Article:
Why I Can’t Afford Not to Care About the 2016 Election

If you ask the average person their opinion on the 2016 election, they’ll probably tell you, “I just can’t wait for it to be over.” It’s easy to see why Americans are growing weary with this election cycle; the insulting rhetoric and shocking allegations thrown at the candidates is disheartening coming from a country that gave us Lincoln, Wilson, and Roosevelt, to name a few.

I don’t subscribe, however, to the attitude that we should ignore this election cycle because of the personalities or scandals. I, along with many other Americans, simply cannot afford not to be invested in this election.

Barack Obama was elected when I was ten years old, meaning I had the privilege of coming of age under an administration that cared about and protected the rights of women, students, and the middle class. Unfortunately, I spent the last few years of my time in Indiana under the dystopian administration of Governor Mike Pence. On multiple occasions, I watched him make the state a national disgrace for the bigoted, discriminatory policies he enacted against the LGBTQ+ community, Syrian refugees, and the women of Indiana.

I started to experience politics directly for the first time during Pence’s term as governor. Many of the adults in my community, a very conservative suburb of Indianapolis, were relieved that such a staunch conservative had been elected. It wasn’t long before those conservative policies began to have a real effect on the Hoosier population.

Perhaps the most concerning part of Pence’s decisions as a governor is that he used religion as a defense. While crucial to a leader’s personal moral compass, faith should not dictate policy. This is what upset me the most about seeing Pence’s name next to Trump’s on the Republican ticket: rather than a narcissistic, inexperienced tyrant, someone whom many consider credible because of his faith is in a potential position of power.

The Pence nightmare is but a microcosm of what could happen if America were to witness a Trump presidency. When I came to college in Ohio, sharing the fact that I was from Indiana was often met with comments on how my peers had last heard of my state: in the news, over RFRA or Pence’s refusal to admit refugees into the state, or “Periods for Pence,” etc.  As someone who has experienced a glimpse of what this kind of administration means, please take it from me: America’s minorities cannot afford a Trump presidency.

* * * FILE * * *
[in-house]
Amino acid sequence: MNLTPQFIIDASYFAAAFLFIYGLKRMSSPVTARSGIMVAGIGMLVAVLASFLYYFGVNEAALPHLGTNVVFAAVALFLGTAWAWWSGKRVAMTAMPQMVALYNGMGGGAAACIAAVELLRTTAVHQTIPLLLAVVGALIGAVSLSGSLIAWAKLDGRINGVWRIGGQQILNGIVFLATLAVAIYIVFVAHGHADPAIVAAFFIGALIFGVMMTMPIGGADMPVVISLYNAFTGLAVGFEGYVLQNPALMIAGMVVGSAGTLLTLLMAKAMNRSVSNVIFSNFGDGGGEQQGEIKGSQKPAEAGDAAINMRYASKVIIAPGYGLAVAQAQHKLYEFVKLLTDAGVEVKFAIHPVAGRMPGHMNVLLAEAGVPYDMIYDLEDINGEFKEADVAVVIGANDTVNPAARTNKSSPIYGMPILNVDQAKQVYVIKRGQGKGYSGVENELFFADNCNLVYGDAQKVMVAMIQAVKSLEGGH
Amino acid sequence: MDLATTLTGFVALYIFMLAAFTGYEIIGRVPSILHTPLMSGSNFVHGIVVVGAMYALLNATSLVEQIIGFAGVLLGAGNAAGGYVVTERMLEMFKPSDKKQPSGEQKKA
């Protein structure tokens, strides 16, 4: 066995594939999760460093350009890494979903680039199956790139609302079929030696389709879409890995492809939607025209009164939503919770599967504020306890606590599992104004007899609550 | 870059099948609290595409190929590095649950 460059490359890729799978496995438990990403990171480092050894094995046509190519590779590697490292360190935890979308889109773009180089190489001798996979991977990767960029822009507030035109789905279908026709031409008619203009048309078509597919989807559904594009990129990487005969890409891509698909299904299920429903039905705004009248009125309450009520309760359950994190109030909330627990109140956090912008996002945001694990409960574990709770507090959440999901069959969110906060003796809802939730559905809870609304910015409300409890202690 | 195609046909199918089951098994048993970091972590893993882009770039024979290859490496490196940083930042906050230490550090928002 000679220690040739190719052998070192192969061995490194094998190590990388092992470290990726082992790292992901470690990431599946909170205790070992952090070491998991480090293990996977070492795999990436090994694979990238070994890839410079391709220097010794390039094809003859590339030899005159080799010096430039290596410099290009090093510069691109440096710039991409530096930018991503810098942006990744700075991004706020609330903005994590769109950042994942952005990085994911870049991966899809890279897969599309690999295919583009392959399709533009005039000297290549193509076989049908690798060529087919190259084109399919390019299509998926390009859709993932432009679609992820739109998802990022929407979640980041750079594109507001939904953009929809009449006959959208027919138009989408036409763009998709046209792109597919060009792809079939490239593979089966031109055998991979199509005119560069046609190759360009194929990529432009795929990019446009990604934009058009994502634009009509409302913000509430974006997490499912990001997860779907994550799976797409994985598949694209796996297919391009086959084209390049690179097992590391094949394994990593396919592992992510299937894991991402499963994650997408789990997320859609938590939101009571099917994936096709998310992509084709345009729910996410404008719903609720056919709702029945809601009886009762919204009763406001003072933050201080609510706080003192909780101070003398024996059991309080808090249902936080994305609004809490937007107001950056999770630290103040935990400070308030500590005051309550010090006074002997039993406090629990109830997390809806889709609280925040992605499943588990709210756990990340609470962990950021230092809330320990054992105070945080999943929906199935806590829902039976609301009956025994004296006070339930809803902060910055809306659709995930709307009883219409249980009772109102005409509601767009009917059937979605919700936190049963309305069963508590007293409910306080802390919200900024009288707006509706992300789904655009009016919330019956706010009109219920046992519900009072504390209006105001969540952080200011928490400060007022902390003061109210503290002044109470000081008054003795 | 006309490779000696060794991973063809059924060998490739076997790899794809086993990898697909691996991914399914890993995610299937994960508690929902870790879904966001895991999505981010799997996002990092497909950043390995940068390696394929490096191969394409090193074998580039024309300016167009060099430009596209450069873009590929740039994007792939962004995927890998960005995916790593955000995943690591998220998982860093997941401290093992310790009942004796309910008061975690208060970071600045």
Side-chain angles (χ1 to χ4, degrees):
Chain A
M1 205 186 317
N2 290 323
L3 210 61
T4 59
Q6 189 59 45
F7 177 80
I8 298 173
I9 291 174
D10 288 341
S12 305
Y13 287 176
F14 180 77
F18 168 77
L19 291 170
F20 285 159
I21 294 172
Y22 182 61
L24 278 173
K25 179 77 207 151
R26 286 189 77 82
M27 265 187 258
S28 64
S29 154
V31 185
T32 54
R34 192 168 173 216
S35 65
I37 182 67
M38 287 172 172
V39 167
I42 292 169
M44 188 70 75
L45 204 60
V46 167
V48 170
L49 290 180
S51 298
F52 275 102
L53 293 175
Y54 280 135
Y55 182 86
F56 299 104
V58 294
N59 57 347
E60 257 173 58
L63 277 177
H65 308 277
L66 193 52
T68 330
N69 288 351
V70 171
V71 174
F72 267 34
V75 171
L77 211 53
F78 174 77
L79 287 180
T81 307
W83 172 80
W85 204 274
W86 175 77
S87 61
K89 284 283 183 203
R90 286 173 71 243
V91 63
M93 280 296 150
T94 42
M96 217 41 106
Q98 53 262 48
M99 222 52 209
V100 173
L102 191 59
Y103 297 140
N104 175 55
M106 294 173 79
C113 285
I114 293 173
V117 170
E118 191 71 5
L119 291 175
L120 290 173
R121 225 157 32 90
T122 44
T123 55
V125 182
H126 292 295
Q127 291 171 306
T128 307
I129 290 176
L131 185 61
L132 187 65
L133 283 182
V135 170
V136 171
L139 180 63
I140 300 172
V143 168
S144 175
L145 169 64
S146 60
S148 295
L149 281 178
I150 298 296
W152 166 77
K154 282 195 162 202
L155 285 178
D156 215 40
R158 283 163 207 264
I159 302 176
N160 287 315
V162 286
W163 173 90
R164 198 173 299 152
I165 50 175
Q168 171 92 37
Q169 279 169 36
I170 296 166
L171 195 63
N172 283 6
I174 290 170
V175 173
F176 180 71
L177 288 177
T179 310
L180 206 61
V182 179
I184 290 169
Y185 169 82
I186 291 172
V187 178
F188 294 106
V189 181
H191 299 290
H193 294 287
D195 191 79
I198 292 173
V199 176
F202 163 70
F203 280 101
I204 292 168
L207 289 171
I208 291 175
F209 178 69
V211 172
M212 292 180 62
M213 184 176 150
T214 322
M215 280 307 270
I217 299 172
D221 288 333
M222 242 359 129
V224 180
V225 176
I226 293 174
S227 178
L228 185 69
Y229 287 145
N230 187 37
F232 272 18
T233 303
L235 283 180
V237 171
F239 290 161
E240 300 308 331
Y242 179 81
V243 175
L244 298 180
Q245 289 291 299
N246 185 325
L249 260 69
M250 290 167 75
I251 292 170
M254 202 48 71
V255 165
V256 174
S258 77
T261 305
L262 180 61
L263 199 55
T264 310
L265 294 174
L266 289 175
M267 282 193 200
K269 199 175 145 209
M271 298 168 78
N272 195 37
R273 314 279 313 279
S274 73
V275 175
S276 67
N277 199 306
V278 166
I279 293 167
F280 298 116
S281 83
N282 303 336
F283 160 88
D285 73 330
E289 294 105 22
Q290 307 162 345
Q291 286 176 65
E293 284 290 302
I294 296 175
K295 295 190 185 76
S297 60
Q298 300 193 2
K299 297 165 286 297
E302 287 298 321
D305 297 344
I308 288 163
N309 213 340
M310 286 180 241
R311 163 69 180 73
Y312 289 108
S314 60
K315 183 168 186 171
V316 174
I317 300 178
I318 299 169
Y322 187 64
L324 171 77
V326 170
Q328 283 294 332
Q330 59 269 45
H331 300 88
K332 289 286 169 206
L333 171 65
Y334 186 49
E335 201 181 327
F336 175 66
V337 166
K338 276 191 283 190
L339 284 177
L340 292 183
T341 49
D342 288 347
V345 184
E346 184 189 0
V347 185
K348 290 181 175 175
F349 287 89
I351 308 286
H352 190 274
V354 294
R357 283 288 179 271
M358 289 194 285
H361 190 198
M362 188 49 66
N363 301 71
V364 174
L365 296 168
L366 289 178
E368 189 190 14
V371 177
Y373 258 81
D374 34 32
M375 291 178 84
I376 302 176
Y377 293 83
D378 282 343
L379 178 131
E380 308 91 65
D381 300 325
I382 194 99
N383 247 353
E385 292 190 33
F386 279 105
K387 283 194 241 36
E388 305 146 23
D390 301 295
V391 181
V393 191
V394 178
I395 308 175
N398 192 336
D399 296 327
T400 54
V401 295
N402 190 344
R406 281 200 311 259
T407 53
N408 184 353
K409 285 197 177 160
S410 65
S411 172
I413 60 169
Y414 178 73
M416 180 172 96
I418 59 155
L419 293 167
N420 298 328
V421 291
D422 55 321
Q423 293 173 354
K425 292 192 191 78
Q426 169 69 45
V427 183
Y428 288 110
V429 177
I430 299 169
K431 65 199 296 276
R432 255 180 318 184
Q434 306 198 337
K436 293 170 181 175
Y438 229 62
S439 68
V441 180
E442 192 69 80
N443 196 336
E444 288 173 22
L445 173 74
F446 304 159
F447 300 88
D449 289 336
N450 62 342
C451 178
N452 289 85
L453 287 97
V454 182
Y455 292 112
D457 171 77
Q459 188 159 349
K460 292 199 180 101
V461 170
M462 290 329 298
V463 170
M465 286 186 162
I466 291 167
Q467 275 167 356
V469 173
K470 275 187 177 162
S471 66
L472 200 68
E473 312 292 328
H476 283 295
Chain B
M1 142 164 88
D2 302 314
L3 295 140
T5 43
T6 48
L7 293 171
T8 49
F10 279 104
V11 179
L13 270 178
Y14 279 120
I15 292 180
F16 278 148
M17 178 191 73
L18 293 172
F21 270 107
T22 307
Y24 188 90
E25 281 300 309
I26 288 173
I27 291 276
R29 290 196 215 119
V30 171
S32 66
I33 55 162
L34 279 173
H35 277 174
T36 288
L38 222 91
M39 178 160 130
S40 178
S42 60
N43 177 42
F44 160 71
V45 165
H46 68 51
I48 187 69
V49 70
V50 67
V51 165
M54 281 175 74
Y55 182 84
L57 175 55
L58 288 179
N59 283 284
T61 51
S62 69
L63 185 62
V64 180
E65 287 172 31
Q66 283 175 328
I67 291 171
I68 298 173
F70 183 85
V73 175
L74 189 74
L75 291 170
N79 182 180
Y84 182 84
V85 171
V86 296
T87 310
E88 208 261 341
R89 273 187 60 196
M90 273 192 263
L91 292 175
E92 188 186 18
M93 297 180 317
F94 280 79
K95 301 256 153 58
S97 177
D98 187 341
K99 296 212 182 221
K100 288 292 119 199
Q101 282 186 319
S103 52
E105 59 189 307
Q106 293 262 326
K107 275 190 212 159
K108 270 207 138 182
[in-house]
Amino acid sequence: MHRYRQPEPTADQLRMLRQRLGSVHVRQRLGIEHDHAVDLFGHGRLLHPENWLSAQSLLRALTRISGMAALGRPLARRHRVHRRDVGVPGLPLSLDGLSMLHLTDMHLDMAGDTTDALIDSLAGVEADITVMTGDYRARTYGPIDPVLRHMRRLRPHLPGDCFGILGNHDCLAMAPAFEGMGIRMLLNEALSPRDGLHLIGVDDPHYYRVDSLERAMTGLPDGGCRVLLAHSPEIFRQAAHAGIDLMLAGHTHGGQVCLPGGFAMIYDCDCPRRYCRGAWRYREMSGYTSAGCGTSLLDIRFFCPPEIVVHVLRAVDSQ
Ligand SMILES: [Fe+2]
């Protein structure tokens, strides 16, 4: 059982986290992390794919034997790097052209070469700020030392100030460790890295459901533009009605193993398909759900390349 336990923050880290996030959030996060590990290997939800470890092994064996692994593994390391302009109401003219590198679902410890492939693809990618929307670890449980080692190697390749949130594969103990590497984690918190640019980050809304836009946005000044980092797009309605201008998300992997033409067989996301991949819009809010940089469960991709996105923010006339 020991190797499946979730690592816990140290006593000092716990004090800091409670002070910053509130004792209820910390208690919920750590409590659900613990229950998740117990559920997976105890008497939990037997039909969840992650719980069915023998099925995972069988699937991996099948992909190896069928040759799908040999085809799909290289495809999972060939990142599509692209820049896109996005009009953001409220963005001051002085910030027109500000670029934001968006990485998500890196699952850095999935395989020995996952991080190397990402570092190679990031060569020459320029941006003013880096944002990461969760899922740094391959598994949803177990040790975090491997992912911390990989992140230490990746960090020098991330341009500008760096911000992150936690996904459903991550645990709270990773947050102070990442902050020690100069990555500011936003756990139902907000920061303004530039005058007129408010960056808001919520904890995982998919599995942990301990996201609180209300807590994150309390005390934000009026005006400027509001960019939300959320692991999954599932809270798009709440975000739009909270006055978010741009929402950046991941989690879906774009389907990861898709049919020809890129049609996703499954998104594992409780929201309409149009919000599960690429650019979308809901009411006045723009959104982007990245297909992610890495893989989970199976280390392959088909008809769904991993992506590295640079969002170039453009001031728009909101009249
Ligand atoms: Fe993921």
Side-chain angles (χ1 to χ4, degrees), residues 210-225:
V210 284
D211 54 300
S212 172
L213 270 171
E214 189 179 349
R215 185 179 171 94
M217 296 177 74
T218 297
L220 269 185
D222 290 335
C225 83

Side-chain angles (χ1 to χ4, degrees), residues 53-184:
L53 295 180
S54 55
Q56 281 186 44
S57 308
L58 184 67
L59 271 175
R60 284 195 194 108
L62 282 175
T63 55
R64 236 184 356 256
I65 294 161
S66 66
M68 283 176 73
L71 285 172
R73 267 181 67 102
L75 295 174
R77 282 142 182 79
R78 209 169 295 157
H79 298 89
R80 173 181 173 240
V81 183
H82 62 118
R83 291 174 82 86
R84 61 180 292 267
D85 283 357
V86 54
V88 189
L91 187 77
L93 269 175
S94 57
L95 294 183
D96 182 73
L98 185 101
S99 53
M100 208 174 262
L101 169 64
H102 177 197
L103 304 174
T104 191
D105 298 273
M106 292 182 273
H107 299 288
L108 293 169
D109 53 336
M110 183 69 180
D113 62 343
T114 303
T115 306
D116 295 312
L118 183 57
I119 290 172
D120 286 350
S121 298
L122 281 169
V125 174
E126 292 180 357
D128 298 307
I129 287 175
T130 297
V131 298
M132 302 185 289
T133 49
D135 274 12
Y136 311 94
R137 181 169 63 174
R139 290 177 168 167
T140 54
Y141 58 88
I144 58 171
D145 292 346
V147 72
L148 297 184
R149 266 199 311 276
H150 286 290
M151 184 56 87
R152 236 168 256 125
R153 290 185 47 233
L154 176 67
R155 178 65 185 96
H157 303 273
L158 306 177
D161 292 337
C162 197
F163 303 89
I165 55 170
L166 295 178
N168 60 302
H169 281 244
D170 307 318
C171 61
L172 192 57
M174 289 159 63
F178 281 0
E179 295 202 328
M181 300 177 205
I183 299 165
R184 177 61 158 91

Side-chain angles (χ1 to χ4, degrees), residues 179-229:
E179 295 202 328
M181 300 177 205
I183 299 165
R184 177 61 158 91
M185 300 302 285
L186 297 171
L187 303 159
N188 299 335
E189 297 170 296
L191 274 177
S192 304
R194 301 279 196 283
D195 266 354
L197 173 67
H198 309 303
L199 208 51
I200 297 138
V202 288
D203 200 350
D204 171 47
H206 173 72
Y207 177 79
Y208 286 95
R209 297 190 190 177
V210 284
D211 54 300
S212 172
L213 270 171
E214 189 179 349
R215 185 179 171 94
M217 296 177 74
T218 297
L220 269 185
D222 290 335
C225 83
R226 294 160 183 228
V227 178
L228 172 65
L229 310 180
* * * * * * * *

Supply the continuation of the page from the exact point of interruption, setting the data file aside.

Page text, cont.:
If you identify as queer, you cannot afford to let Trump win this election. If you are a person of color, you cannot afford to let Trump win this election. If you are a woman, you cannot afford to let Trump win this election.

It’s true that I get mad about politics. I’ve come home from debates crying, ranting, often tweeting or writing a Facebook post. I know this may bother some who don’t consider political engagement important, but I won’t apologize for caring about the issues that will decide my own fate and that of my peers. I believe this passion is justified because it’s infuriating that the governor of my state refused to grant an entire nationality asylum—even in their time of need—because he suspected that their race represented terrorism. That was the most blatantly racist policy I’ve ever lived to see, and yes, I am infuriated that our elected leaders are allowed to make these kinds of decisions. I’m enraged that a candidate for the Presidency is a proven perpetrator of sexual assault and is still able to run virtually unscathed. It angers me that the highest office of service to the people in the country apparently now can be filled by someone with no political experience and no knowledge of political function. Seriously, is it so wrong to want a qualified candidate to be President? It seems that “experienced politician” has become a bad word among voters.

This is why I think it’s important to follow politics, and why it’s important to get invested in your candidate or cause. My way of life, as well as those of my loved ones, could drastically change if the candidate vowing to protect my rights loses. For those I know who consider it impolite or even inappropriate to talk about politics, understand this: the 2016 election will determine the course of real human lives.

Maybe this election isn’t particularly impactful for you. If you have a comfortable income, reliable healthcare, and especially if you’re a straight white man, neither Hillary nor Trump will drastically change your way of life. If you’re an immigrant, though, and you already feel systematic prejudices working against you, a Trump presidency could mean governmental discrimination at best and deportation at worst. If you identify as anything other than straight, you have reason to fear for your right to marriage in a Trump presidency. If you're a woman—much like the ones Trump likes to brag about sexually assaulting—your rights to reproductive health services are greatly endangered.

Even if your stakes are low in this year’s election, please remember that others’ are high. Your friends and family are facing what could be a complete reversal in way of life. If it really is a decision between the lesser of two evils, consider what evil could mean for your loved ones. It takes a lot of empathy to understand but only the push of a button to cast a vote. Whether or not you experience it directly, the government plays a huge role in our lives as Americans; some of us can’t afford not to be passionate when it concerns life as we know it.


Image credits: 1, 2, 3